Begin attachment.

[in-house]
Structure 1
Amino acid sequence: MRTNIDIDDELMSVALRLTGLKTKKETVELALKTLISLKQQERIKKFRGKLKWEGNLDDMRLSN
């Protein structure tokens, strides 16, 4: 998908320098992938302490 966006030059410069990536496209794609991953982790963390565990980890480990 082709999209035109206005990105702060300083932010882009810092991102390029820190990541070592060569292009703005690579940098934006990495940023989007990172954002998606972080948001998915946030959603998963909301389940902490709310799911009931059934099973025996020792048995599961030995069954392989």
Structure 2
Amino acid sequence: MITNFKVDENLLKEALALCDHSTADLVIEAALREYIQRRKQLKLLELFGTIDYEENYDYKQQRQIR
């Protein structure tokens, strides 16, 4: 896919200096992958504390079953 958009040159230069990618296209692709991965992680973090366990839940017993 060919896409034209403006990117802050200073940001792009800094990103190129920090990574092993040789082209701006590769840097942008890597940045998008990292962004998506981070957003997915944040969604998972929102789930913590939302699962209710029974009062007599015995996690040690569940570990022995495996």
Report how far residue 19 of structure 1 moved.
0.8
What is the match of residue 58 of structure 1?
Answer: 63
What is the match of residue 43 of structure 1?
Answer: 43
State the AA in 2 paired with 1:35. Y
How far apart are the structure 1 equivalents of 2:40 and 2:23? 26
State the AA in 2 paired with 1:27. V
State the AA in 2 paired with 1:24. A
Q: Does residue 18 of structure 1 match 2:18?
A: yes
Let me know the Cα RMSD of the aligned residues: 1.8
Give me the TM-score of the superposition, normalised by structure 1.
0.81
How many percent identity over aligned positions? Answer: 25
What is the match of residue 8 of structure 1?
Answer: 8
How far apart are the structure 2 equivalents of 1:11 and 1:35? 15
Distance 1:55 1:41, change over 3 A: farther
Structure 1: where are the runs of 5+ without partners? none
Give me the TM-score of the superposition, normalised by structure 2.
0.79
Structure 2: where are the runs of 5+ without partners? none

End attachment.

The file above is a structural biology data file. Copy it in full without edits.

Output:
[in-house]
Structure 1
Amino acid sequence: MRTNIDIDDELMSVALRLTGLKTKKETVELALKTLISLKQQERIKKFRGKLKWEGNLDDMRLSN
């Protein structure tokens, strides 16, 4: 998908320098992938302490 966006030059410069990536496209794609991953982790963390565990980890480990 082709999209035109206005990105702060300083932010882009810092991102390029820190990541070592060569292009703005690579940098934006990495940023989007990172954002998606972080948001998915946030959603998963909301389940902490709310799911009931059934099973025996020792048995599961030995069954392989």
Structure 2
Amino acid sequence: MITNFKVDENLLKEALALCDHSTADLVIEAALREYIQRRKQLKLLELFGTIDYEENYDYKQQRQIR
């Protein structure tokens, strides 16, 4: 896919200096992958504390079953 958009040159230069990618296209692709991965992680973090366990839940017993 060919896409034209403006990117802050200073940001792009800094990103190129920090990574092993040789082209701006590769840097942008890597940045998008990292962004998506981070957003997915944040969604998972929102789930913590939302699962209710029974009062007599015995996690040690569940570990022995495996």
Report how far residue 19 of structure 1 moved.
0.8
What is the match of residue 58 of structure 1?
Answer: 63
What is the match of residue 43 of structure 1?
Answer: 43
State the AA in 2 paired with 1:35. Y
How far apart are the structure 1 equivalents of 2:40 and 2:23? 26
State the AA in 2 paired with 1:27. V
State the AA in 2 paired with 1:24. A
Q: Does residue 18 of structure 1 match 2:18?
A: yes
Let me know the Cα RMSD of the aligned residues: 1.8
Give me the TM-score of the superposition, normalised by structure 1.
0.81
How many percent identity over aligned positions? Answer: 25
What is the match of residue 8 of structure 1?
Answer: 8
How far apart are the structure 2 equivalents of 1:11 and 1:35? 15
Distance 1:55 1:41, change over 3 A: farther
Structure 1: where are the runs of 5+ without partners? none
Give me the TM-score of the superposition, normalised by structure 2.
0.79
Structure 2: where are the runs of 5+ without partners? none